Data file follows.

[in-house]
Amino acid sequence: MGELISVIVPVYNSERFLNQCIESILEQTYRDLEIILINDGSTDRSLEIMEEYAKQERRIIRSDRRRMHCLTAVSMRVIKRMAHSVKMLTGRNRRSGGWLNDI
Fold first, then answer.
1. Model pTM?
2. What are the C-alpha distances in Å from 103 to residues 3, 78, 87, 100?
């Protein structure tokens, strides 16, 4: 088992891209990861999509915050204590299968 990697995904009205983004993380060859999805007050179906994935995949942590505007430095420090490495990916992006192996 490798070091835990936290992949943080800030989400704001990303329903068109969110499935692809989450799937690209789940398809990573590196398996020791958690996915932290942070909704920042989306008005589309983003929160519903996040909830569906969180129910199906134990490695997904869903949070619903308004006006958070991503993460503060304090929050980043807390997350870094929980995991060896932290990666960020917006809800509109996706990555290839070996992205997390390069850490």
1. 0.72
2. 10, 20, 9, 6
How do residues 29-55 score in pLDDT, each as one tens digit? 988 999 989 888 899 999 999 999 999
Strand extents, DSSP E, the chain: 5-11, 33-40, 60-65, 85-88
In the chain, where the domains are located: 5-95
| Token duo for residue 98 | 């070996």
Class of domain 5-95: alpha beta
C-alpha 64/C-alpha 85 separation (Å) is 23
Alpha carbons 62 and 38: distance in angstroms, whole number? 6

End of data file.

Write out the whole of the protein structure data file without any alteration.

[in-house]
Amino acid sequence: MGELISVIVPVYNSERFLNQCIESILEQTYRDLEIILINDGSTDRSLEIMEEYAKQERRIIRSDRRRMHCLTAVSMRVIKRMAHSVKMLTGRNRRSGGWLNDI
Fold first, then answer.
1. Model pTM?
2. What are the C-alpha distances in Å from 103 to residues 3, 78, 87, 100?
């Protein structure tokens, strides 16, 4: 088992891209990861999509915050204590299968 990697995904009205983004993380060859999805007050179906994935995949942590505007430095420090490495990916992006192996 490798070091835990936290992949943080800030989400704001990303329903068109969110499935692809989450799937690209789940398809990573590196398996020791958690996915932290942070909704920042989306008005589309983003929160519903996040909830569906969180129910199906134990490695997904869903949070619903308004006006958070991503993460503060304090929050980043807390997350870094929980995991060896932290990666960020917006809800509109996706990555290839070996992205997390390069850490």
1. 0.72
2. 10, 20, 9, 6
How do residues 29-55 score in pLDDT, each as one tens digit? 988 999 989 888 899 999 999 999 999
Strand extents, DSSP E, the chain: 5-11, 33-40, 60-65, 85-88
In the chain, where the domains are located: 5-95
| Token duo for residue 98 | 């070996």
Class of domain 5-95: alpha beta
C-alpha 64/C-alpha 85 separation (Å) is 23
Alpha carbons 62 and 38: distance in angstroms, whole number? 6